When the economy bounced back, millennial salary prospects didn't.
Have you seen this guy?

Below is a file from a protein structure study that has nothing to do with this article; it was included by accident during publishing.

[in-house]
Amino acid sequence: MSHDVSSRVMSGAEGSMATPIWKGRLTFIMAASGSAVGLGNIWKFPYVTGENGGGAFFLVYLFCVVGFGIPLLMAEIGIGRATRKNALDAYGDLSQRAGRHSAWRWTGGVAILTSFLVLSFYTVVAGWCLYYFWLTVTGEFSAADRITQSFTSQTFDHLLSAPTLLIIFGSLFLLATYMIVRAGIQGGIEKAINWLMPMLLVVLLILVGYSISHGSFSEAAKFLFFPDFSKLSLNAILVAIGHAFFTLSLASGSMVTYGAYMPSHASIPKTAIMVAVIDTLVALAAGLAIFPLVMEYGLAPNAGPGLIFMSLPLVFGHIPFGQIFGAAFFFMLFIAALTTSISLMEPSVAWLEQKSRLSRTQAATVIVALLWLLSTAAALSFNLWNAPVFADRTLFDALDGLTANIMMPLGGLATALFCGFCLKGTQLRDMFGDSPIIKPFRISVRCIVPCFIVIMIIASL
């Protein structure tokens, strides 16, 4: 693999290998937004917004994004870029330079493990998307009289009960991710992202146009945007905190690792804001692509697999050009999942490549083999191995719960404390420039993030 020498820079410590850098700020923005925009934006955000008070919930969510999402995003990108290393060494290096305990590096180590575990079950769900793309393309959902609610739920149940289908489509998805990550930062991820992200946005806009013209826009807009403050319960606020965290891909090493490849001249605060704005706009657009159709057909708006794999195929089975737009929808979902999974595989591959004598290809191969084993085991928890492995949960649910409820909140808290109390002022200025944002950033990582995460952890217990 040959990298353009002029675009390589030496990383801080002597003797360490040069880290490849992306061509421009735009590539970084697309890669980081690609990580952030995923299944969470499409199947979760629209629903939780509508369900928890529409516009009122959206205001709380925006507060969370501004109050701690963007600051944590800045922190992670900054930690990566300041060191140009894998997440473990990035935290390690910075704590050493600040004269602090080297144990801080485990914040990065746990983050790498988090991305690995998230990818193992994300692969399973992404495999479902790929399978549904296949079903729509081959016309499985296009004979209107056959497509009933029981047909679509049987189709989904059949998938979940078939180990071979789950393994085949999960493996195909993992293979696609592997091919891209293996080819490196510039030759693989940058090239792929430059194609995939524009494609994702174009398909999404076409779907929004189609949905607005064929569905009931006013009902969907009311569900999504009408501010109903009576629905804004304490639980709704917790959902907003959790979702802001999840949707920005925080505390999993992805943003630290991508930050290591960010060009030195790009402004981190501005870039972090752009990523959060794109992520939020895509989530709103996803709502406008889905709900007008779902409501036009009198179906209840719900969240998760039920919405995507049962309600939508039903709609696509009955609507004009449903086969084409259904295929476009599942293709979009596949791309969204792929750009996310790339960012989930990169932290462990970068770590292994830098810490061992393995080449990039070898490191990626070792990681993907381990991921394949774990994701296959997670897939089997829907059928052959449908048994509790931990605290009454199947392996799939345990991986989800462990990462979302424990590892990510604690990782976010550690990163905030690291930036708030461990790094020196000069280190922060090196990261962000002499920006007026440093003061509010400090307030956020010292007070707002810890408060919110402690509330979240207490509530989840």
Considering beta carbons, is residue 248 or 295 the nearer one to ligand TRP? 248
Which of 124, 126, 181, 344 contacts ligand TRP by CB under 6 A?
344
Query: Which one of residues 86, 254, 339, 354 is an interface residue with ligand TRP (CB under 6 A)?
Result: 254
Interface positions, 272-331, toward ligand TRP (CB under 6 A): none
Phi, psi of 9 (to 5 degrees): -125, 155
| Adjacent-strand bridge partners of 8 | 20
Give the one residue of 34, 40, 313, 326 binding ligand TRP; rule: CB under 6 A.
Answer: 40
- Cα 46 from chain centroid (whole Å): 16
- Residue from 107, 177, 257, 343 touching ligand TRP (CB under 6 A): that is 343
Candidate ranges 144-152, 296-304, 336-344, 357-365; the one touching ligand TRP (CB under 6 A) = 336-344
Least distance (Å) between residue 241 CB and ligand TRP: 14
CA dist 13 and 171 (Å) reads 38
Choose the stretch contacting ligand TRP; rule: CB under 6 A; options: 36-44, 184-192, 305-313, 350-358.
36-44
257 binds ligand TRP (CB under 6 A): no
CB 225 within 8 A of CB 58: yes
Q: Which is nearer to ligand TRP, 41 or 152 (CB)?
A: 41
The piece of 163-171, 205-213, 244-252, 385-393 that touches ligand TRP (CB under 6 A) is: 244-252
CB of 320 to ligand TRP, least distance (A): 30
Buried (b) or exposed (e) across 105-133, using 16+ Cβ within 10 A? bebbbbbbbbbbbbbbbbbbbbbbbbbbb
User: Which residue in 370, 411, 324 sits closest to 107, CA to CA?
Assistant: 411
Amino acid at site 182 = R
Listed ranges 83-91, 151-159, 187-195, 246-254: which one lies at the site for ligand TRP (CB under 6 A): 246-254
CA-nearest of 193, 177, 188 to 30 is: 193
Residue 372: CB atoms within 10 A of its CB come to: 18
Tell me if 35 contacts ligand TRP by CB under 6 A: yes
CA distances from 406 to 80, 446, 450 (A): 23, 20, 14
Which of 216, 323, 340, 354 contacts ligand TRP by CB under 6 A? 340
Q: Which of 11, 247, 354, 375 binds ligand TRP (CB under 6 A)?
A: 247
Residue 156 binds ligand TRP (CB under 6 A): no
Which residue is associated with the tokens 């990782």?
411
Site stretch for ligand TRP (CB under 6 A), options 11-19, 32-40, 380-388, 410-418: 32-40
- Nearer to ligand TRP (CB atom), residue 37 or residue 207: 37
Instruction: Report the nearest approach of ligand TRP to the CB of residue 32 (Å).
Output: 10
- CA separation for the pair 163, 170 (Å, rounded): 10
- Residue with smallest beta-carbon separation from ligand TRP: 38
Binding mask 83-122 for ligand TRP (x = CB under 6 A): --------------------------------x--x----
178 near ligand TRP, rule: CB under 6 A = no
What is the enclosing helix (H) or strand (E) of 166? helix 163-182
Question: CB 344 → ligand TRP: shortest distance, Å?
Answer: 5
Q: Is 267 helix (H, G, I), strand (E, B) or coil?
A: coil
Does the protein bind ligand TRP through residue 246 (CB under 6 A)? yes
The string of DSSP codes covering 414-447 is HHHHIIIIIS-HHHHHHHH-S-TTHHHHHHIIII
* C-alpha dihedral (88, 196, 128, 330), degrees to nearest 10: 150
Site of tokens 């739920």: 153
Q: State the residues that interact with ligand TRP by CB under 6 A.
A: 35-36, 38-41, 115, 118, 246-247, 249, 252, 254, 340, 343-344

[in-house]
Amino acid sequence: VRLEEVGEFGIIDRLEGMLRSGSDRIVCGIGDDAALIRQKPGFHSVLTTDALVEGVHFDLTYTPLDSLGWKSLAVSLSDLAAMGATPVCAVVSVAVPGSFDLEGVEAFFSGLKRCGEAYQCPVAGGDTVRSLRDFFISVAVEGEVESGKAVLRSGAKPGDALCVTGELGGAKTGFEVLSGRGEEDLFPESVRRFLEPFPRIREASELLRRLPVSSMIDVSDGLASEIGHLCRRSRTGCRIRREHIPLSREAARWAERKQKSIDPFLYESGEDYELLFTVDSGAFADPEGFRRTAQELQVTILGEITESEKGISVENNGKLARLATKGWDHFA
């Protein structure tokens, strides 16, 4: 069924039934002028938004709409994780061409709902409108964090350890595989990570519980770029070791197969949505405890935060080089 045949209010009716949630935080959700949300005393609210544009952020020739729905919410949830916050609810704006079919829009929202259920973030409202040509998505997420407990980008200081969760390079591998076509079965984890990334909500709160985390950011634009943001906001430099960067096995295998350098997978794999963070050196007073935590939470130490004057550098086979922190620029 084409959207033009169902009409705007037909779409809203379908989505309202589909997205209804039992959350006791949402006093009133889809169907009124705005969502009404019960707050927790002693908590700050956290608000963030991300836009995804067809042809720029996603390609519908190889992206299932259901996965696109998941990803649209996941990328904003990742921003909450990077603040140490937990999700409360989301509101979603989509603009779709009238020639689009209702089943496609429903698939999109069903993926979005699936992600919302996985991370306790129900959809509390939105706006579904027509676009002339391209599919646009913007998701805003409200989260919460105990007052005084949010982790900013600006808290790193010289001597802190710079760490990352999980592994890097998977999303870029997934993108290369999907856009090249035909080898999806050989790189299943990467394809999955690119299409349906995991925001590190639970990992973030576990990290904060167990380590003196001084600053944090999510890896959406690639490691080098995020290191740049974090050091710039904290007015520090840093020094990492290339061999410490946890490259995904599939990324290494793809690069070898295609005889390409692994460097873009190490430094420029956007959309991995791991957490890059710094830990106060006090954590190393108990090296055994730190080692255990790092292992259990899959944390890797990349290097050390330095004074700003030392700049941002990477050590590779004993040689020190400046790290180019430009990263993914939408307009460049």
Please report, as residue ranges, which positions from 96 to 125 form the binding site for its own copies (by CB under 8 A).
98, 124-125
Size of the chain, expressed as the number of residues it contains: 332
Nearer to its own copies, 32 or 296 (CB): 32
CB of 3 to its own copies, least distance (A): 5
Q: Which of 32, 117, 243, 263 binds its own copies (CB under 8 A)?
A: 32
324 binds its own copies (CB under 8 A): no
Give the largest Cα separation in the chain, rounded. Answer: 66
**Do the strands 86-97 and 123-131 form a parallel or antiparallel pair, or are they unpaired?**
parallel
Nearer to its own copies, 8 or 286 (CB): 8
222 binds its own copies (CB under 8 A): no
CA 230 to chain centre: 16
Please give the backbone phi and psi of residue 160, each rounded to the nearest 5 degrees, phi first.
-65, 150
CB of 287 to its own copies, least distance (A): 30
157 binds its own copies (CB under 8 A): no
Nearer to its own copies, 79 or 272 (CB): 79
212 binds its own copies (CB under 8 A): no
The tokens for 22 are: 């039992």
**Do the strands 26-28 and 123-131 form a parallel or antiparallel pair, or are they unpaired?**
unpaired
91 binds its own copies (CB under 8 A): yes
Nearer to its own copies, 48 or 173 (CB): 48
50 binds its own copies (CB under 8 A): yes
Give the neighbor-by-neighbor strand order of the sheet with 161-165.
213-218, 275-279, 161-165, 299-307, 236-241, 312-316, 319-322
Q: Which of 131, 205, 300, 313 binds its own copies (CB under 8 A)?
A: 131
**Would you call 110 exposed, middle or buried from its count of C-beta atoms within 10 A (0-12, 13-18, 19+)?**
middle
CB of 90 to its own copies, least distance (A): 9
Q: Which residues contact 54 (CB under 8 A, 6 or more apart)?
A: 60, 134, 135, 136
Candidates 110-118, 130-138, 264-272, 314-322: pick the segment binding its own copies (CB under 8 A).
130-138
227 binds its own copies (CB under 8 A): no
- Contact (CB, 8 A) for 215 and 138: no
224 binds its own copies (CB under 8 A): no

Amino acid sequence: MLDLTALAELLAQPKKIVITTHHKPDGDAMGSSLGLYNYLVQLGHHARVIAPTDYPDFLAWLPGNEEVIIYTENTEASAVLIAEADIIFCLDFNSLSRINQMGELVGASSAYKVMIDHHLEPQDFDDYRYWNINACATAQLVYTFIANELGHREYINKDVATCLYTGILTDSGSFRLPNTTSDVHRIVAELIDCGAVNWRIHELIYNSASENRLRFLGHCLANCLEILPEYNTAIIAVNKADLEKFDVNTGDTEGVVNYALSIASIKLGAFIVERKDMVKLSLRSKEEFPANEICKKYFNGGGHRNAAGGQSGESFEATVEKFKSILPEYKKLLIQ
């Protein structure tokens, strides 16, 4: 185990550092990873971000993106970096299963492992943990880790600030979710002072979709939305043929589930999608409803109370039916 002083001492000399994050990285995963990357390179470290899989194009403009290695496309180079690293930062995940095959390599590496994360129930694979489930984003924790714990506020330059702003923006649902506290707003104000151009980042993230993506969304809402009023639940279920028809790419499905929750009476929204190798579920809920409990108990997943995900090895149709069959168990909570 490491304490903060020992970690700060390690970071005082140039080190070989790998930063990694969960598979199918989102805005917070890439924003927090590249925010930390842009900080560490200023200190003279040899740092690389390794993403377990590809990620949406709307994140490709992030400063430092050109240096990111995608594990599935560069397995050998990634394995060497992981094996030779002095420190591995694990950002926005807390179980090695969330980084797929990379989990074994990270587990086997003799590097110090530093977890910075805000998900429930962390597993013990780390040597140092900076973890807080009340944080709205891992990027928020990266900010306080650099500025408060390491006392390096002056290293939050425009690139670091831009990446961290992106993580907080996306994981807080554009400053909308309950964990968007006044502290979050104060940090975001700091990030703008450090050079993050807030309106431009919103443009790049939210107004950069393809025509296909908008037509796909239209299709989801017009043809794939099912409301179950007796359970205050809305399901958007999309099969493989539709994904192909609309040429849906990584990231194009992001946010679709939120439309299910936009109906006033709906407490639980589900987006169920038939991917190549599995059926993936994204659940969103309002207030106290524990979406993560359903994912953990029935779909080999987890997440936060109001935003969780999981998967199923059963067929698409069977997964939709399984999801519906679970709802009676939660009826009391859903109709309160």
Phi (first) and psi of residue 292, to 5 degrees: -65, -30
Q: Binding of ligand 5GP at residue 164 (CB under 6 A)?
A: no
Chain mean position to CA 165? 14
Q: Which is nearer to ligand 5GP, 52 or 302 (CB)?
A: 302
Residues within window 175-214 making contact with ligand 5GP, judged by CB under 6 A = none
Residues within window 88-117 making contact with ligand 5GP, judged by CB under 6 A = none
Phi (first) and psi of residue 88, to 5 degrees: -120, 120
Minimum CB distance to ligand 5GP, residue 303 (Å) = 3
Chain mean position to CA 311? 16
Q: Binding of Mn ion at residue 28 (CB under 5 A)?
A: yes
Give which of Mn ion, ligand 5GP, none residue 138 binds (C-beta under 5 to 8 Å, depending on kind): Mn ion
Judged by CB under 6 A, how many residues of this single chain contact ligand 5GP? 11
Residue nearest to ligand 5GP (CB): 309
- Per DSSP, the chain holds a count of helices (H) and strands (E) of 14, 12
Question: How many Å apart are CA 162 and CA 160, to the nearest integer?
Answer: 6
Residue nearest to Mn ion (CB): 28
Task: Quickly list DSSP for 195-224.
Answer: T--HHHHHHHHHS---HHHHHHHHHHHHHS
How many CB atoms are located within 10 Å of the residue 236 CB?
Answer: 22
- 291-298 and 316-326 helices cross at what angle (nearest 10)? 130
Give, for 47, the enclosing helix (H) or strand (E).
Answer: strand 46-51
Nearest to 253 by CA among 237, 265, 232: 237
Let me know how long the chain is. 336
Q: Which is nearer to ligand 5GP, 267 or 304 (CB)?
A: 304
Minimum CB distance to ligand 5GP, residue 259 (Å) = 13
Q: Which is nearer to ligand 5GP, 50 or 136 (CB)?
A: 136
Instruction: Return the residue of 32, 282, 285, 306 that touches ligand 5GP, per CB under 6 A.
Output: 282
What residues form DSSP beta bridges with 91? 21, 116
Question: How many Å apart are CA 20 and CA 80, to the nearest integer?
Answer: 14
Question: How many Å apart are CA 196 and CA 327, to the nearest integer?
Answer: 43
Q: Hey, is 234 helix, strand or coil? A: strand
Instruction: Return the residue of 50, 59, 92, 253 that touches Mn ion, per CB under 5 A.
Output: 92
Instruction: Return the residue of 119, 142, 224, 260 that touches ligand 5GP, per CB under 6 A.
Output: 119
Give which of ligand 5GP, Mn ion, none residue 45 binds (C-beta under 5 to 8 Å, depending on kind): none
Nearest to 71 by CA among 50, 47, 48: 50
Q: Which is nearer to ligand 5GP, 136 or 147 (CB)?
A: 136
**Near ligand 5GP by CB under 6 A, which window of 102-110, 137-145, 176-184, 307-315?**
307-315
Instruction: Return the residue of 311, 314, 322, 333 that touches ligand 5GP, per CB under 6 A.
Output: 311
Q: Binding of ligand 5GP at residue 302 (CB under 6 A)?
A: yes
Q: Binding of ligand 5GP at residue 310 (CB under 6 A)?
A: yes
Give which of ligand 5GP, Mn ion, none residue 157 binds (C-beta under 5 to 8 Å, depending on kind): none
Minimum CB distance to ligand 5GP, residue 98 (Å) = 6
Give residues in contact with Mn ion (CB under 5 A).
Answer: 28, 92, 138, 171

<h2>Friends, meet "Old Economy Steve."</h2><p> <strong>On the Internet, Steve has become the judgmental, clueless baby-boomer embodiment of millennials' worst money-related frustrations.</strong></p><p> Who is he, exactly? Well, Old Economy Steve knew how to pull himself up by his bootstraps. He graduated from college without student debt, immediately got a high-paying job, and plans to retire with a pension. He just can't understand why those lazy millennials are living with their parents and still unemployed. (Spoiler: Old Economy Steve is kind of a jerk.)</p><p> <strong>Of course, Old Economy Steve is really just the fictionalized version of millennial financial anxieties.</strong> (And, by the way, it seems like <a href="http://nymag.com/daily/intelligencer/2013/05/meet-the-real-life-old-economy-steve.html"><u>the real "Steve"</u></a> in the photo is actually a down-to-earth guy). I'd like to think most boomers are a little more compassionate toward us young folk than he is, too, but his meme definitely reflects the discomfort that many millennials have with their money situations right now.</p><p> <img type="lazy-image" data-runner-src="https://assets.rebelmouse.io/eyJhbGciOiJIUzI1NiIsInR5cCI6IkpXVCJ9.eyJpbWFnZSI6Imh0dHBzOi8vYXNzZXRzLnJibC5tcy8xOTQ5MzAwNS9vcmlnaW4uanBnIiwiZXhwaXJlc19hdCI6MTYxMzU5MTE5NX0.GjFMAACzK7NE9yNnG_dSVks5YAgGxnhe501hQwrcRZI/img.jpg?width=980" id="2a199" class="rm-shortcode" data-rm-shortcode-id="1f58c52454989ea6f0c8a0a0ff1edbb1" data-rm-shortcode-name="rebelmouse-image"></p><p class="image-caption"> Well, then. Thanks, Google.</p><p> <strong>What do I mean by “millennial money situations?"</strong></p><p> You've heard it all before, so sing along if you know the words: Millennials aren't buying houses, they're not buying cars, they're not saving for retirement, and sometimes they're not even moving out of their parents' basements.</p><h2>Is all of this because millennials are <a href="http://www.cnbc.com/2015/04/20/are-millennials-lazy-entitled-narcissists.html">lazy</a>? <a href="http://www.alternet.org/comments/culture/millennials-generation-y">Entitled</a>? <a href="http://time.com/3154186/millennials-selfish-entitled-helicopter-parenting/">Coddled</a>? <a href="http://www.huffingtonpost.com/2015/05/27/millennials-snake-people_n_7450604.html">Snake people</a>? Poor planners?</h2><p> Not quite. A lot of folks would argue that it's because millennials have no money (check out that point of view in an article from the <a href="http://www.nytimes.com/2015/08/02/opinion/sunday/were-making-life-too-hard-for-millennials.html?_r=2" target="_blank">New York Times</a> earlier this year). <strong>Here are a few truth bombs that might explain what's going on:</strong></p><h2>1. Millennial wages aren't just frozen — they're actually shrinking.</h2><p> Many millennials were either in college or about to graduate when the recession hit hard. Lots of employees across the U.S. were let go — not exactly the best economic climate when you're looking for your first job.</p><p> And while the economy bounced back, their salary prospects did not. As <a href="http://www.theatlantic.com/business/archive/2014/12/millennials-arent-saving-money-because-theyre-not-making-money/383338/?utm_source=SFFB"><u>The Atlantic</u></a> pointed out last year, <strong>average wages for young people have fallen by 10% in many industries since 2007. </strong>Add that to the fact that many millennials live in <a href="http://www.pewtrusts.org/en/research-and-analysis/blogs/stateline/2015/07/23/millennials-living-on-the-edge-of-the-big-city"><u>big cities</u></a> with extremely high rents and high costs of living because that's where the jobs are.</p><p>Just to put it in perspective, <strong>the average male student <a href="http://www.epi.org/publication/new_college_grads_losing_ground_on_wages/" target="_blank">graduating from college</a> in 1979 made <a href="http://www.huffingtonpost.com/2011/09/02/college-graduates-salary_n_946759.html">an hourly wage</a> of $19.97 (adjusted for inflation). For 2010 graduates, the average hourly wage was $21.77 — down almost a dollar from 2000. </strong>And female graduates make even less than that. You can point that out to them when they ask why you're not planning on buying a house in your 20s.</p><p> So we're not getting paid as much as previous generations of young adults were getting paid, we live in places where it's not really feasible to buy a home, and of course…<br></p><h2>2. Student loans eat up a hefty chunk of whatever income millennials have left.</h2><p> The average student loan debt for the class of 2011 was <a href="https://www.dosomething.org/facts/11-facts-about-college-debt"><u>$26,600</u></a>. Most of those students are living under the shadow of that debt for years, <a href="http://www.usnews.com/news/blogs/data-mine/2014/10/07/student-loan-expectations-myth-vs-reality"><u>sometimes even decades</u></a>.</p><p> <img alt="giphy.gif" src="https://lh4.googleusercontent.com/Z2jhRFT495bD_2VwTGSB5wqMiaQ4x8VXZ2Wx0Zlj8oYdrD8nhoiBCCp_KQ8VEVe0bVwvtFQ67Yt7jGX-ASVlerM47RFpRgp5TdA5tvkwO0V0Q2mDFtobPtf-lZ6Ou67rvT_HkTRF"></p><p class="image-caption"> Say hello to Sallie Mae (she's on the left.) </p><p> Experts posit that millennials are less likely to be homeowners than previous generations mostly because all of their cash is going toward <a href="http://www.upworthy.com/watch-these-two-deliver-real-talk-on-why-the-student-loan-game-is-rigged?c=tpstream"><u>paying off their debt</u></a>. Most are unable to save.</p><p> <strong>But there's one more piece of information that might surprise you about millennials' finances:</strong></p><h2>3. We're finding ways to fix the problem.</h2><p> I'm going to speak for my generation for a second here: Just because we're young, it doesn't mean we're lazy. We haven't given up yet. In fact, a lot of us are finding some really creative solutions to cope with the changing economy.</p><p> Like what? Like tiny houses. These little homes are inexpensive, energy-efficient, and quickly <a href="http://fusion.net/story/236635/millennials-housing-crisis-tiny-homes/"><u>becoming a trend</u></a>. And <a href="http://www.upworthy.com/he-had-an-epiphany-while-living-in-a-dumpster-and-it-could-help-change-the-future-of-housing"><u>in the future</u></a>, we might even see apartment-like buildings made of mobile “smart homes."</p><p> <img type="lazy-image" data-runner-src="https://assets.rebelmouse.io/eyJhbGciOiJIUzI1NiIsInR5cCI6IkpXVCJ9.eyJpbWFnZSI6Imh0dHBzOi8vYXNzZXRzLnJibC5tcy8xOTQ5MzAwNi9vcmlnaW4uanBnIiwiZXhwaXJlc19hdCI6MTY1OTI2NjkyM30.kaGAcjtw4L_wT6GZguIDo6poSQyNphc_lc0mzpsZE3c/img.jpg?width=980" id="66b9d" class="rm-shortcode" data-rm-shortcode-id="aecd708cd678f5eb11175ba3cfd3f004" data-rm-shortcode-name="rebelmouse-image"></p><p class="image-caption"> Tiny homes! Image from Guillaume Dutilh on <a href="https://en.wikipedia.org/wiki/Tiny_house_movement#/media/File:Tiny_House_Giant_Journey_in_the_Petrified_Forest_and_an_RV.jpg"><u>Wikimedia Commons</u></a>.</p><p> We're also being smarter about our health care costs, thanks in part to the Affordable Care Act. The <a href="https://www.whitehouse.gov/sites/default/files/docs/millennials_report.pdf"><u>uninsured rate for young folks</u></a> is lower now than it's been since before 1997.</p><p> And we're putting pressure on our lawmakers to get real about paralyzing student loans. There's no reason interest rates on student debt should be so high, and some <a href="http://mic.com/articles/56987/is-elizabeth-warren-a-champion-of-the-millennial-generation#.I039wTHzm"><u>elected representatives</u></a> and <a href="http://www.politico.com/story/2015/08/hillary-clintons-350-billion-plan-to-kill-college-debt-121210"><u>candidates</u></a> are speaking up about it.</p><h2>So, lazy? Entitled? Coddled? Snake people? Poor planners? Not quite.</h2><p> Unable to keep their heads above water? That seems more like it. Admittedly, there's a lot of systemic work still to be done for millennials and their financial security. I'm in the thick of it with all the rest of you.</p><p> But there's also a lot that we're already doing — because just like every other generation, we want control over our futures.</p>